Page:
Connolly also spoke of the “changing political dynamics of the city,” noting the successes of Pressley and Suffolk District Attorney Rachael Rollins, who rose from a relative unknown to win the election for the county’s top prosecutor. Both are the first Black women to serve in their respective positions in the state’s history. Such successes may signal “a different kind of mayor’s race,” he said.

“Mayor Walsh will tout his eight years in office and Councilors Wu and Campbell will, I think, try to convey a vision for a change that may resonate with the changing Boston,” he said.

He described Walsh as a dogged campaigner, someone who works the phones hard and is adept at one-on-one politicking.

“He’s incredibly shrewd, politically,” said Connolly, and tipped his hat to the citywide campaign infrastructure Walsh built in 2013.

Flaherty, the city councilor who lost to Menino in 2009, also mentioned the importance of a strong ground game when mounting an insurgent mayoral candidacy. For him, the heart and soul of a serious citywide campaign meant 22 ward coordinators and 255 precinct captains, one for every precinct in the city. It also helps if a candidate has “an army of volunteers that will help you get your message out to the neighborhoods,” he said.

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“They’re both going to have challenges taking on a popular, well-financed incumbent who is guiding the city through the pandemic and doing a good job,” said Flaherty of Wu and Campbell.

Councilors have made the jump from the city’s legislative body to the mayor’s office in decades past.

Menino’s predecessor, Raymond L. Flynn, won the mayoralty as a city councilor in 1983. But that was an open seat, as the longtime incumbent, Kevin White, decided not to run for another term. Flynn would be succeeded by then-city council president Menino after Flynn took the ambassadorship to the Vatican in 1993. Menino first became acting mayor in the summer of that year and went on to win a term outright in that fall’s election. He would serve in that role for the next 20 years.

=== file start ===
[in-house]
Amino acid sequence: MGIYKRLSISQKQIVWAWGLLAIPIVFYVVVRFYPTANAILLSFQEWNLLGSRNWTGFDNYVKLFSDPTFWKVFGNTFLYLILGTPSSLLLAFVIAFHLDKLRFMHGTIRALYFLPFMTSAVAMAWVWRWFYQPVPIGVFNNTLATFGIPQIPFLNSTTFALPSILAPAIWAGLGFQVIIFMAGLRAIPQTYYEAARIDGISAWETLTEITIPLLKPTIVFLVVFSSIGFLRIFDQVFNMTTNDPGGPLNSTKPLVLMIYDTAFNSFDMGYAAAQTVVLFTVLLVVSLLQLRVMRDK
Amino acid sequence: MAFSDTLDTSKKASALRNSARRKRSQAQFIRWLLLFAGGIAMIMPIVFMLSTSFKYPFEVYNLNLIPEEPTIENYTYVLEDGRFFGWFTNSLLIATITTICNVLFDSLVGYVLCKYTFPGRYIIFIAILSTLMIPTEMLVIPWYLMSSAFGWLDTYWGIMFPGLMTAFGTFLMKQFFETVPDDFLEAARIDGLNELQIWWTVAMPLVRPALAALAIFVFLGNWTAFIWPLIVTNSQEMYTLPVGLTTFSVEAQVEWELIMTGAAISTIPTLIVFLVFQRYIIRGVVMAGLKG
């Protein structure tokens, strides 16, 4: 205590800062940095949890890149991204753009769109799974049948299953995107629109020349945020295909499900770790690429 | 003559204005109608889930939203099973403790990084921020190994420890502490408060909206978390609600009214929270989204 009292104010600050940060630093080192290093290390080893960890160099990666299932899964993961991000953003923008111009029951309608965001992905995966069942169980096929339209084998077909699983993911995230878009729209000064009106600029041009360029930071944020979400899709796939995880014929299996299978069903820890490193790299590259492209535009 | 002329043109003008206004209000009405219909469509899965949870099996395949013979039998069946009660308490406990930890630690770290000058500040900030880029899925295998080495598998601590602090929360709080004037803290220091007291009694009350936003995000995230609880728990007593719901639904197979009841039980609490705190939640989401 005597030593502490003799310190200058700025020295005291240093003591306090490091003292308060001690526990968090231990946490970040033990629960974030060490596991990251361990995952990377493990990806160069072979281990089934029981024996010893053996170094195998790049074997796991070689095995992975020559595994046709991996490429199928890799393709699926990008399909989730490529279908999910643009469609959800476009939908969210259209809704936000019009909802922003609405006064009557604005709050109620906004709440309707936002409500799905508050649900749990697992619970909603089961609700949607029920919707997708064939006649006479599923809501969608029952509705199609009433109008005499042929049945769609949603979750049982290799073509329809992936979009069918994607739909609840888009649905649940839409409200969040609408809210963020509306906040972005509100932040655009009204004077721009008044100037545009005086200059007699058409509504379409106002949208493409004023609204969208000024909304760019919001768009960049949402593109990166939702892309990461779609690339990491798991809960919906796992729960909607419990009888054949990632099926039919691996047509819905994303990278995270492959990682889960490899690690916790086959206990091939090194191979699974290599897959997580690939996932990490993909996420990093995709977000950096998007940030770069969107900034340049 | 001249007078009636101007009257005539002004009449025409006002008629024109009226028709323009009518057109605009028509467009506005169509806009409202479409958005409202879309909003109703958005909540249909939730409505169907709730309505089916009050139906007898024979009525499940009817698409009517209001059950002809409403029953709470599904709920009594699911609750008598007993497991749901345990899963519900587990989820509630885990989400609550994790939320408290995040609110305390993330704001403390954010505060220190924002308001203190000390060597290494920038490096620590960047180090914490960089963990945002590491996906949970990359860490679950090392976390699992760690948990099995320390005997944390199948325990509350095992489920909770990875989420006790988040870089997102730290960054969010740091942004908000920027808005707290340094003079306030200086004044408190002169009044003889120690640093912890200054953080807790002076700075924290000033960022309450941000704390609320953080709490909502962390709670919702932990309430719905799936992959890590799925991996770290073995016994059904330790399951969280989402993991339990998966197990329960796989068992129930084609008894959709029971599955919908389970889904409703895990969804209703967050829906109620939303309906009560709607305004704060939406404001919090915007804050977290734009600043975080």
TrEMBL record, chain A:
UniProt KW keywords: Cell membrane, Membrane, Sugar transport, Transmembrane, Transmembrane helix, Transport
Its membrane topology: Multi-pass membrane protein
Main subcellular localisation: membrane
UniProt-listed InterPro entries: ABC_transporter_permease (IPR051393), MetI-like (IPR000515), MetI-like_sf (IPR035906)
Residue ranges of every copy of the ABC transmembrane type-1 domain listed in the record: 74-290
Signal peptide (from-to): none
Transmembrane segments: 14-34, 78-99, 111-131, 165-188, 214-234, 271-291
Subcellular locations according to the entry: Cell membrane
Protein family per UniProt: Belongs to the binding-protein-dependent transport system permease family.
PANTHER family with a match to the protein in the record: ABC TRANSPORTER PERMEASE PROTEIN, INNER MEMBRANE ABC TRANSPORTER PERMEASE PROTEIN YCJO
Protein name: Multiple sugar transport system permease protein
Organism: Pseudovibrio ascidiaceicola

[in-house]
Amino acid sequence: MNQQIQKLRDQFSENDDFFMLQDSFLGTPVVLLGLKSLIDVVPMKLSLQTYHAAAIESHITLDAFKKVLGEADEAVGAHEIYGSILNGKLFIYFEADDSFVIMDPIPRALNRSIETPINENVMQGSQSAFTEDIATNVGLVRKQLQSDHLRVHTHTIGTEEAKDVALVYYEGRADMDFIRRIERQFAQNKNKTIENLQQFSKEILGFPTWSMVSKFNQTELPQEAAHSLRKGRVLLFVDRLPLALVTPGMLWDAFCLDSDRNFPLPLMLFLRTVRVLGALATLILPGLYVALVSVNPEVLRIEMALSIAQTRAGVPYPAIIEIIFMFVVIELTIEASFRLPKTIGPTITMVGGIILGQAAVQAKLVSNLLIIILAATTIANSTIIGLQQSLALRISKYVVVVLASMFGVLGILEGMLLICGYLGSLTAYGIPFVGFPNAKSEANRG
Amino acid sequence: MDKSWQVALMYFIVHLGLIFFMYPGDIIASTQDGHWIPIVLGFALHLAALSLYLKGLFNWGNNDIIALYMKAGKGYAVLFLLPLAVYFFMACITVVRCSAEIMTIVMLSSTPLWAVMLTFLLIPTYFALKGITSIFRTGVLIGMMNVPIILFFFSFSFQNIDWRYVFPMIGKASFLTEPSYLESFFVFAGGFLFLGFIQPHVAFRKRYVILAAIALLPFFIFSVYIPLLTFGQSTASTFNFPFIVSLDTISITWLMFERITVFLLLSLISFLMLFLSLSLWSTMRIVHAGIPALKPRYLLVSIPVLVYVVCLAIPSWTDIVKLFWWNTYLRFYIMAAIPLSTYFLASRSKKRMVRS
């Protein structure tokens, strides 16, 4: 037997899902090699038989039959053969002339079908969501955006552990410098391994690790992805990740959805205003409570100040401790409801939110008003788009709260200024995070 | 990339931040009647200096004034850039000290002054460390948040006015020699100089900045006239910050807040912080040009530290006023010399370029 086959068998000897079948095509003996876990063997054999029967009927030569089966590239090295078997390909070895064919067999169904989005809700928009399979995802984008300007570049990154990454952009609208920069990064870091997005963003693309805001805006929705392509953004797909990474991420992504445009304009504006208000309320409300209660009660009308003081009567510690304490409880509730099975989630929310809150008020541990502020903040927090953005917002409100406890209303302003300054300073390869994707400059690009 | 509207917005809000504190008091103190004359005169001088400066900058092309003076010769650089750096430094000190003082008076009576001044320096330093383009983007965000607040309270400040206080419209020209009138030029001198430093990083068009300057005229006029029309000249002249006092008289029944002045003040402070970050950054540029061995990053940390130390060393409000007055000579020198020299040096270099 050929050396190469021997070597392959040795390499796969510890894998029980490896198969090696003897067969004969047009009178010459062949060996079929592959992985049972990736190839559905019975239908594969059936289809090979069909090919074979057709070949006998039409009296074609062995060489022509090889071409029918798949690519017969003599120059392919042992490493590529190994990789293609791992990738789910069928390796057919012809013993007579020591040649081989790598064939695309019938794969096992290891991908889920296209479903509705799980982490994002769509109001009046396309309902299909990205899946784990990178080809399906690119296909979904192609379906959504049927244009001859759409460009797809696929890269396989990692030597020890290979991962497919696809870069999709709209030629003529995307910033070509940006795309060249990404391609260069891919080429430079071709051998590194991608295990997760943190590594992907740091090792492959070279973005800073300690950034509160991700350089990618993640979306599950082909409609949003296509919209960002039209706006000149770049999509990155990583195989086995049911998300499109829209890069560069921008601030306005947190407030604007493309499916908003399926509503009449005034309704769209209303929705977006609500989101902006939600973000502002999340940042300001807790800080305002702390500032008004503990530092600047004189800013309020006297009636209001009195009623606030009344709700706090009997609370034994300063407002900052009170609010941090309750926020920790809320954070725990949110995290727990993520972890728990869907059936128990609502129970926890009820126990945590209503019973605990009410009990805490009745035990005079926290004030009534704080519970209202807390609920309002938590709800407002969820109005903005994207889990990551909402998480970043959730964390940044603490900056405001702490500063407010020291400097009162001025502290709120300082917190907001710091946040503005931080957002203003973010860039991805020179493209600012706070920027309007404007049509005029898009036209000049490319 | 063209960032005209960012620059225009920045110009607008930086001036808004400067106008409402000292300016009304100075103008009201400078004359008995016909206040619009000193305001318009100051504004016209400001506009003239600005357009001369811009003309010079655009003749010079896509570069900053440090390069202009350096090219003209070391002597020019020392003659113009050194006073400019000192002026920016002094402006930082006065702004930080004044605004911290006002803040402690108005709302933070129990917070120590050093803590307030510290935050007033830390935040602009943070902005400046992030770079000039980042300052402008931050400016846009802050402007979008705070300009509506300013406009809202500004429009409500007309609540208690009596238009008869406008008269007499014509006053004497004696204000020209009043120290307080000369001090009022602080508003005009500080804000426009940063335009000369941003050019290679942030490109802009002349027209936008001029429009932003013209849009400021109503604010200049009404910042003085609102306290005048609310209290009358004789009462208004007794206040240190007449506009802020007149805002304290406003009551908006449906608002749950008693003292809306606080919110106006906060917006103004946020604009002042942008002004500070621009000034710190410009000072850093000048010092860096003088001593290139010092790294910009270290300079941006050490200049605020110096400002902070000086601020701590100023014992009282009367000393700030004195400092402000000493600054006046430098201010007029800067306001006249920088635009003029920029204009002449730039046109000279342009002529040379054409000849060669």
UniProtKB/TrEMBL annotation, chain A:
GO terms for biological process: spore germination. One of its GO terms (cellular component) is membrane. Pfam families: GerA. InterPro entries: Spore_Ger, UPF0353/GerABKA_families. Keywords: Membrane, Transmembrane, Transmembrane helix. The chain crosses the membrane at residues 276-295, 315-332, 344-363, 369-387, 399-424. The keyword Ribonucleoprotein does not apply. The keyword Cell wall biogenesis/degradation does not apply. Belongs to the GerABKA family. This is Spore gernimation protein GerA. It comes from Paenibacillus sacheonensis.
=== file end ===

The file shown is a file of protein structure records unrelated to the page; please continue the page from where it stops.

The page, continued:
Joyce Ferriabough Bolling, a Roxbury resident and Boston political consultant who hasn’t decided whom she is supporting in next year’s race, remembers Menino’s first mayoral win. Her husband, then-city councilor Bruce Bolling, came in fifth in the preliminary mayoral election in September 1993. To this day, she thinks that Menino serving as acting mayor in the immediate run-up to the race gave him a name recognition and publicity advantage.

“Absolutely, it mattered,” she said.

It’s an advantage any challenger to a seated Boston mayor will have to reckon with today, although Ferriabough Bolling is quick to point out the city has changed, and become more diverse, since 1993. Still, she is among those to label the jump from city council to mayor as difficult.

“It’s hard to match the mayor’s power, it really is,” she said, “but it’s not impossible.”

Jeremiah Manion of the Globe staff contributed to this report.


Danny McDonald can be reached at daniel.mcdonald@globe.com. Follow him on Twitter @Danny__McDonald.